source of error.

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    You don't say what matl but that's an awful light cut. It's probably sometimes rubbing, sometimes cutting. You have to get that nose radius into the matl. (what radius are you using?)

    I'd leave at least .38mm for finish cut. Also, don't let the machine sit. My experience with CNC lathes is they move when they cool off or warm up. Usually about .02

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    For close grinding, I would figure to get double a live center error on the part.

    Deads are often the best but with overuse, they can wear a part center.

    Honing a center drilled center was often a must-do for close work.

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    The quill may be loose in the tailstock.Stick a tenths indicator to the tailstock and check the quill for movement when pushing and pulling on the part (gently).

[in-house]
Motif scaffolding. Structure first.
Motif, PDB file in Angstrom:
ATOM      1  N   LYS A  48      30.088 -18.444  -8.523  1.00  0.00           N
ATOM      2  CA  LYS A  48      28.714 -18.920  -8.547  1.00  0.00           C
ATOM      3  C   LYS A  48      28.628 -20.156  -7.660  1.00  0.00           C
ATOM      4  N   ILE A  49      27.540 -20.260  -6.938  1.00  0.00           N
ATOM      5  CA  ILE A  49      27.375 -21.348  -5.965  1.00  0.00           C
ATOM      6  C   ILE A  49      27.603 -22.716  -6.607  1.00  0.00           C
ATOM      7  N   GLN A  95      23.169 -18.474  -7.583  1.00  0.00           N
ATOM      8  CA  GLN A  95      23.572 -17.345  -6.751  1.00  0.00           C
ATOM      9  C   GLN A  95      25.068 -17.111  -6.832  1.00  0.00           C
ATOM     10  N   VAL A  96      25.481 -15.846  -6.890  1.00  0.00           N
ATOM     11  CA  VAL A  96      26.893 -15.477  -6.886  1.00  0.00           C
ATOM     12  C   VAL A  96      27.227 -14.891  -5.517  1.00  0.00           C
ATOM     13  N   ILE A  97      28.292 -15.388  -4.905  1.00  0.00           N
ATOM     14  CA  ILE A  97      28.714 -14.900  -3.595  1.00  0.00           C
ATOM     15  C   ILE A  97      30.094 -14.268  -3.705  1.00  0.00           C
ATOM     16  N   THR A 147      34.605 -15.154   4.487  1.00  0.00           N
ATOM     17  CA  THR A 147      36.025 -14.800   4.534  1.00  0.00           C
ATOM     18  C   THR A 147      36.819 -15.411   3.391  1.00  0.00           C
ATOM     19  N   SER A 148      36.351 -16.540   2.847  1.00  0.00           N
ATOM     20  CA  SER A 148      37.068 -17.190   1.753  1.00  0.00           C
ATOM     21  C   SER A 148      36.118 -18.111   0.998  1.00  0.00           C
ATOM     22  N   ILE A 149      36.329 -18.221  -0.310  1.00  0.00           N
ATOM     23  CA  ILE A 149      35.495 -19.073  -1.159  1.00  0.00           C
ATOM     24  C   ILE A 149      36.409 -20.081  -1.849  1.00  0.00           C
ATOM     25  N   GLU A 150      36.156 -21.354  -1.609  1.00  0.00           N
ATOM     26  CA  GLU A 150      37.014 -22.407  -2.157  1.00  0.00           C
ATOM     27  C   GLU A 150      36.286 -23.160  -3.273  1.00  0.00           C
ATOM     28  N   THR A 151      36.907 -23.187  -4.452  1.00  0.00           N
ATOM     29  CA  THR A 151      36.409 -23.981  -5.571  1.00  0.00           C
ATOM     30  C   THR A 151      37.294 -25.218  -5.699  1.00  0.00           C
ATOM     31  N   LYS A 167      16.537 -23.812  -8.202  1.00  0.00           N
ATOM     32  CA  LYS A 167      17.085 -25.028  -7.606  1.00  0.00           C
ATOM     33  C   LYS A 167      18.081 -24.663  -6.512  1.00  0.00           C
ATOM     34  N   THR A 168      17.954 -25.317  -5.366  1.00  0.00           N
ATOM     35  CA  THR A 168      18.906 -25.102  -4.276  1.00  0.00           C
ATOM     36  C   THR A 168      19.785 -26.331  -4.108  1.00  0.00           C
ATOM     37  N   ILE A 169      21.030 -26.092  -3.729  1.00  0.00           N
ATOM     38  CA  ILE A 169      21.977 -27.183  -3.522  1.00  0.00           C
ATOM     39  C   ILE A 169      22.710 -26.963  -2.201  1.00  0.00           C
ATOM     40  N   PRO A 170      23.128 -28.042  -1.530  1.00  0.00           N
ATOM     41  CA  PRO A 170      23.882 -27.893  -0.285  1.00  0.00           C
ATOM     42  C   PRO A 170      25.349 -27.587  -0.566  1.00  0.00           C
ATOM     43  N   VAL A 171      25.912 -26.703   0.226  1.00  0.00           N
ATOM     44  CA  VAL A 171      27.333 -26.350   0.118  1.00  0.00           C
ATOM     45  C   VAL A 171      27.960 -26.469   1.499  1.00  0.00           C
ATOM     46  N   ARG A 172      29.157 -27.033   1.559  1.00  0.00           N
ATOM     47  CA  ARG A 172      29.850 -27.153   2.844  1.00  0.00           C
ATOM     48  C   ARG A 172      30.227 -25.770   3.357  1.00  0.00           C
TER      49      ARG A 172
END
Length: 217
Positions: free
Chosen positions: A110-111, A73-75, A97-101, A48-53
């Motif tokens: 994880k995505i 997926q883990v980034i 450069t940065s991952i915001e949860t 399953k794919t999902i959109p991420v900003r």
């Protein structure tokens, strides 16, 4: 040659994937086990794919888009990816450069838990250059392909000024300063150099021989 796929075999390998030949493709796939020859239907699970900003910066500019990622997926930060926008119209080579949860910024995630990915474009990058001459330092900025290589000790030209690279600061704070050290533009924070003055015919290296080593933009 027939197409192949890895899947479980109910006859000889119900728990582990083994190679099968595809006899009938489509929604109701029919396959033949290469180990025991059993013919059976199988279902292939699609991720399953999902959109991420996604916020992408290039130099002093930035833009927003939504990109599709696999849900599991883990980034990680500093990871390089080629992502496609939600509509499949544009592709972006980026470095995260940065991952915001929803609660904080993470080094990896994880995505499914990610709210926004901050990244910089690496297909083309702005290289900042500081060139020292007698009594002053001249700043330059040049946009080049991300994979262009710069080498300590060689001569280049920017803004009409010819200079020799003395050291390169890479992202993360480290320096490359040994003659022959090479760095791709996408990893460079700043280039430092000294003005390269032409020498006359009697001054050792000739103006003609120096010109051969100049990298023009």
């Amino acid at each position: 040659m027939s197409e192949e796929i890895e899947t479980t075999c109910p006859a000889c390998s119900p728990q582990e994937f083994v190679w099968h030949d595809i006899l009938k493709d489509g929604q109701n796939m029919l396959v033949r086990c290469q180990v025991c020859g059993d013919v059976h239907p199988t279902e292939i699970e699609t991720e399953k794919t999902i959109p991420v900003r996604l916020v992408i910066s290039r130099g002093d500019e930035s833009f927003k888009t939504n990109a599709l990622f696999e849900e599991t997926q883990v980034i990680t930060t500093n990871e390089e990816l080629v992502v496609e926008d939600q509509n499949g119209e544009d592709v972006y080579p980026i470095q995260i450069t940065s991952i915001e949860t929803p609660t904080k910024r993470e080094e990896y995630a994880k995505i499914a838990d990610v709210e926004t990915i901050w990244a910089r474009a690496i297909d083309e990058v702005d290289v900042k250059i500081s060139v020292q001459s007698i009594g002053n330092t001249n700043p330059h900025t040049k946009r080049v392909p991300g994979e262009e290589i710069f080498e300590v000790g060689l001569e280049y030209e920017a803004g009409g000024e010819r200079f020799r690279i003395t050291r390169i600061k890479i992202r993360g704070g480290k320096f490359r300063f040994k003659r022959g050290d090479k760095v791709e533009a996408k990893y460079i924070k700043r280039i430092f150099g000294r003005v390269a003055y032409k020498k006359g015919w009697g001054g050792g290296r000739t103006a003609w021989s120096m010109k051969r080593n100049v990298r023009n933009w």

Ed.

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    I'd be looking at the finished center to see if its really a true center and has a deep enough pilot hole.
    if the pilot hole isnt deep enough the post on the center will hit first before it even touchs he 60 angle part of the center.

    When I load a part when using a center I chuck the part in the machine against the stop. pop in the live center reopen the chuck and close it quickly then reseat the live center. this way your not cocked in the machine.
    also after you put the live center in stick a indicator on the center and seat what it runs out. try moving the part with you hand to see if theres any play.

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    Sorry for getting back so late on this guys. The job got put on the back burner as some urgent stuff came in.
    So I managed to get some time troubleshooting and I've got rid of 90% of the errors.
    Checked the quill for stability, fine. Left the T/S in position once set.
    Basically I was doing just about everything wrong.